Babies and books in the lab

In our investigations, my friends and I followed infants across the second six months of life. We’ve found that when parents showed babies books with faces or objects that were personally named, they learn more, generalize what they learn to new situations and show more specialized brain responses. This is in contrast to books with no labels or books with the same generic label under each picture in the book. Early learning in infancy was also combined with advantages four years later.

Our most recent addition to this series of studies, funded by the National Science Foundation, was just published in the journal Child Development.

Here’s what we did:

First, we brought 6-month-old infants into our lab, where we could see how much debate they paid to story characters they’d never seen before. We utilized electroencephalography (EEG) to measure their brain responses. Infants wear a caplike net of 128 sensors that let us record the electricity naturally emitted from the scalp as the brain works. We measured these neural responses while infants looked at and paid attention to images on a computer screen. These brain measurements can tell us about what infants know and whether they can tell the difference between the characters we display them.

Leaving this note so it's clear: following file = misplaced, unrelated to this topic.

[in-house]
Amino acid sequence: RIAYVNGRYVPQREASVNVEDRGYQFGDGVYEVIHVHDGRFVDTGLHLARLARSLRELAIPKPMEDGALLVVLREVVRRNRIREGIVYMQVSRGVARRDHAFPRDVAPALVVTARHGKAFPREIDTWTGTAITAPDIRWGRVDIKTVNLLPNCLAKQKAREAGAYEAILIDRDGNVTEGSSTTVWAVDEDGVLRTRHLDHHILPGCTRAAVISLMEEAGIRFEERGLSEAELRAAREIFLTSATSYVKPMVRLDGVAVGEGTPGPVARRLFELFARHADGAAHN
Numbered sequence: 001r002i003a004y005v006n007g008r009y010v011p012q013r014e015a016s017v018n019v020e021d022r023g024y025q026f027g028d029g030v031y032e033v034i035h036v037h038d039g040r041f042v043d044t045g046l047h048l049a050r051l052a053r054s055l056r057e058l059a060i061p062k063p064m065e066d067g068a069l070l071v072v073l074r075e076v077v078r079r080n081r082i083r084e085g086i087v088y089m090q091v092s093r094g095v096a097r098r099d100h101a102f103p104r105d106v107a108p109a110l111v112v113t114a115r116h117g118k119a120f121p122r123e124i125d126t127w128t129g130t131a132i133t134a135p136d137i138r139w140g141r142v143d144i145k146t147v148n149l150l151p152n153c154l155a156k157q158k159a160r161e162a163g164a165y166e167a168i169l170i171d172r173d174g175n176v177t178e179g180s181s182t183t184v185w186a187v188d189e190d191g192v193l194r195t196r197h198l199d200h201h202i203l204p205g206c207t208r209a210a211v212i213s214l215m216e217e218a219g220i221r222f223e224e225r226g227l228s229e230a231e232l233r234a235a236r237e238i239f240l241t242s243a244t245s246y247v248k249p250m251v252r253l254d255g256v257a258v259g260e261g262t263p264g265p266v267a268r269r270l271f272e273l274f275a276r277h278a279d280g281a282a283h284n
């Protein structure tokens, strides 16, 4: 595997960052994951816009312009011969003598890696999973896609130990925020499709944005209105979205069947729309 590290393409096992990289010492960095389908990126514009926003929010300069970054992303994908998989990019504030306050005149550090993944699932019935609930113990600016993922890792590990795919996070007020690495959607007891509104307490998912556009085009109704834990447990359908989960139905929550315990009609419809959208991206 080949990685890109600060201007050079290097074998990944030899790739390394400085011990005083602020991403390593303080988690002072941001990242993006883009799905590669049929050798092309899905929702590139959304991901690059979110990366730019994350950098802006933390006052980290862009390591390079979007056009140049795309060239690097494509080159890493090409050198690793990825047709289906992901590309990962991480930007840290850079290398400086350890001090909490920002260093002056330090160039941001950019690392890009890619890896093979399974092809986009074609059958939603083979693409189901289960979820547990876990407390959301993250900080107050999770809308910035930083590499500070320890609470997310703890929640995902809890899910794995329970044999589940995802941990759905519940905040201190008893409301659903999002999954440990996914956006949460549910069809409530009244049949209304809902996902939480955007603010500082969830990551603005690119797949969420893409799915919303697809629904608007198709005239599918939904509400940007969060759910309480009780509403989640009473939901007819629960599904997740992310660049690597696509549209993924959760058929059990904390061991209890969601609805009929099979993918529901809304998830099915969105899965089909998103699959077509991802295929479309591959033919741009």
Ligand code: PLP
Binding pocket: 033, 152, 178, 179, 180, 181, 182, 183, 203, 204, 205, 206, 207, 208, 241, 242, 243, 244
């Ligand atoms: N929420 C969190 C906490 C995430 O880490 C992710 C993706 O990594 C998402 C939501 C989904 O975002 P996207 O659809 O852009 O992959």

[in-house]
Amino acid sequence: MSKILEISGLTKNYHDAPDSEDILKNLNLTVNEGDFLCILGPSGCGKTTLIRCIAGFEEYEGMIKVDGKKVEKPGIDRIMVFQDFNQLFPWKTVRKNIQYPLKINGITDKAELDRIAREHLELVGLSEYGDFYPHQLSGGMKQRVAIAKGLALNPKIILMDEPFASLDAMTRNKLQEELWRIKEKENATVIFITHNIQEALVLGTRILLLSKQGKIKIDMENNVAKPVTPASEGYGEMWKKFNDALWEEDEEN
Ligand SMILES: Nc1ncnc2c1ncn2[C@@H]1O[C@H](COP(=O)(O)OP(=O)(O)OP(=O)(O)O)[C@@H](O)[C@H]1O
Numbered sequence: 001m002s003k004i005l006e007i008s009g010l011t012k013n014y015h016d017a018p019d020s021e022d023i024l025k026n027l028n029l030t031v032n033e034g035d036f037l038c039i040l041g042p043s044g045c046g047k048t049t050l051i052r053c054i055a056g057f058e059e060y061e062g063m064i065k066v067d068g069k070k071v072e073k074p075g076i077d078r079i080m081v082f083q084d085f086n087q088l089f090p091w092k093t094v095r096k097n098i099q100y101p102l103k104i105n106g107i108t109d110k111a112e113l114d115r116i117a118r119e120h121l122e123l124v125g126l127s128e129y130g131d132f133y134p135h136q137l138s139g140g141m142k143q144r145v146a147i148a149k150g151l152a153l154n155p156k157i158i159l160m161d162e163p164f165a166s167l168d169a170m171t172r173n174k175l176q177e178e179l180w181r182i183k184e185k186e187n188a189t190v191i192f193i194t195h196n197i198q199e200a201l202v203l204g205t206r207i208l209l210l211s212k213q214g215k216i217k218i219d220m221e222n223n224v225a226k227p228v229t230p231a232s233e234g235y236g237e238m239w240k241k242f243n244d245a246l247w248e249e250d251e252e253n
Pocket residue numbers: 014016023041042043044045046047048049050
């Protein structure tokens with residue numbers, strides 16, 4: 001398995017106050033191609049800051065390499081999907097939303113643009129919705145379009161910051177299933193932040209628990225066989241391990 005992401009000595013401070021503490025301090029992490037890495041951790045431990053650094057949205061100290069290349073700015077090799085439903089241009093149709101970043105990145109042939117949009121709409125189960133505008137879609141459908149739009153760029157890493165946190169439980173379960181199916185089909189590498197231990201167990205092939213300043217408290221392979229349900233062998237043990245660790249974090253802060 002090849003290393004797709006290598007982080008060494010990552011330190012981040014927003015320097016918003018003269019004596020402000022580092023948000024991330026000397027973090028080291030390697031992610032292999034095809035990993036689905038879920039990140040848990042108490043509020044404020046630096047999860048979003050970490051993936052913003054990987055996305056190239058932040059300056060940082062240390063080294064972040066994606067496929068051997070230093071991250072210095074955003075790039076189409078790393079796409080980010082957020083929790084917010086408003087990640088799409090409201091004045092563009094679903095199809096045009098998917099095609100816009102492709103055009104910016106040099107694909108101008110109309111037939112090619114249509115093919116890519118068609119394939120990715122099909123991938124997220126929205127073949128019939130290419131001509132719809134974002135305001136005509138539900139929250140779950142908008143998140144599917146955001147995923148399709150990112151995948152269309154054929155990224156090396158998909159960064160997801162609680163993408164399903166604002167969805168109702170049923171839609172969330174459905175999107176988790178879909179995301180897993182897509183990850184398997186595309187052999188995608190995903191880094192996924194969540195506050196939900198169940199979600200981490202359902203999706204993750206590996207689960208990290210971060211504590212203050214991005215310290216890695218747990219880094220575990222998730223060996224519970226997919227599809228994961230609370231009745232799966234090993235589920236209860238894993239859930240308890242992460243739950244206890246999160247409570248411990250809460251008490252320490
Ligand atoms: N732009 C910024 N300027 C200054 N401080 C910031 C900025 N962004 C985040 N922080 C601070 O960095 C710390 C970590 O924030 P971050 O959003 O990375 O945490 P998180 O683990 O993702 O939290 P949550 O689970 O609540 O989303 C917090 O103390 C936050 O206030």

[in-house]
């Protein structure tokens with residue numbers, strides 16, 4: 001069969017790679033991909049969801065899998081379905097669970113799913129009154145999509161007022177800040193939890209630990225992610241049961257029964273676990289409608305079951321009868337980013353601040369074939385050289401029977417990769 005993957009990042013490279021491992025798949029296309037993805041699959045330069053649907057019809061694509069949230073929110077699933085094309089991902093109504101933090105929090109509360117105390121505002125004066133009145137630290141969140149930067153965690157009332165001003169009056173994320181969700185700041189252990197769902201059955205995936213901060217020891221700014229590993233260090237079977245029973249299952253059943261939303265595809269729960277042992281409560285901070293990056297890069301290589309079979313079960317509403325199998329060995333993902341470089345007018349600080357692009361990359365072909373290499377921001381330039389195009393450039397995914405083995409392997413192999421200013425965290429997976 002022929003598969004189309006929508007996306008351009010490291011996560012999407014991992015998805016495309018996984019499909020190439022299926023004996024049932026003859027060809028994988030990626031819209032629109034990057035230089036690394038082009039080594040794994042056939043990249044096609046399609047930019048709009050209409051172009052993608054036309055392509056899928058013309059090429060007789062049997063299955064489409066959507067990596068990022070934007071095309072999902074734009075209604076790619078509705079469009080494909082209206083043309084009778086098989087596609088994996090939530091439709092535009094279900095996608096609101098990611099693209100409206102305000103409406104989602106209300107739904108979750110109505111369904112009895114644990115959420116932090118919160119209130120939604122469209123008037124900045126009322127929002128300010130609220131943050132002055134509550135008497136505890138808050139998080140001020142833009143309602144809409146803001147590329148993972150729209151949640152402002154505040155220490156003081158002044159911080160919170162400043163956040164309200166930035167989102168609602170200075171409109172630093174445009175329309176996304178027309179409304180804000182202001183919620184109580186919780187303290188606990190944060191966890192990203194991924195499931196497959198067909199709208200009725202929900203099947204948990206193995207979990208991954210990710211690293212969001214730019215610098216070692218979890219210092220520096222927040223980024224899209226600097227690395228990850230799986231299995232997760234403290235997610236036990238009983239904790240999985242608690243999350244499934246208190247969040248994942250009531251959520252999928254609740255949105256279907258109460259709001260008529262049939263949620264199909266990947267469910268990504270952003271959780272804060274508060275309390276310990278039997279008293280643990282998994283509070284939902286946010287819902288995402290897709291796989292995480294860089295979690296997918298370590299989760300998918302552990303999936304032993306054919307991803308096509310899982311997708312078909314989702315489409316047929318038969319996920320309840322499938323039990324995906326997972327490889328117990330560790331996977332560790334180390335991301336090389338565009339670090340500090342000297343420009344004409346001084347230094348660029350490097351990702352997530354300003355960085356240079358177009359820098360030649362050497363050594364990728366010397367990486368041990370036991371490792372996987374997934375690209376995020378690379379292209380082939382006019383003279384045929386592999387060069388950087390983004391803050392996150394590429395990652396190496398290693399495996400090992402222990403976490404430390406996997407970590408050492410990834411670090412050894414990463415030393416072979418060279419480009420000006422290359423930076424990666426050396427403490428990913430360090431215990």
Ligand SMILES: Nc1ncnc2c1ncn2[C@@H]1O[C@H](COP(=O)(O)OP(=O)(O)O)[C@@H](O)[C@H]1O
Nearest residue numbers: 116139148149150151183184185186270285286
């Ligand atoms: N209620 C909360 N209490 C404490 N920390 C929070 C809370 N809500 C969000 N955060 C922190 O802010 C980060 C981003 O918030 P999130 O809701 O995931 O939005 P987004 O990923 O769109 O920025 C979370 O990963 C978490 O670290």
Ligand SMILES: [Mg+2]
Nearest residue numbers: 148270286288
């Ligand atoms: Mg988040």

We also tracked the infants’ gaze using eye-tracking technology to see what components of the characters they targeted on and how long they paid attention.

The data we gathered at this first visit to our lab served as a baseline. We wanted to compare their initial measurements with future measurements we’d take, after we sent them home with storybooks featuring these same characters.

We divided up our enlists into three groups. One group of parents read their infants storybooks that accommodated six individually named characters that they’d never seen before. Another group was given the same storybooks, but instead of individually naming the characters, a generic and made-up label was utilized to refer to all the characters (such as “Hitchel”). Finally, we had a third comparison group of infants whose parents didn’t read them anything special for the study.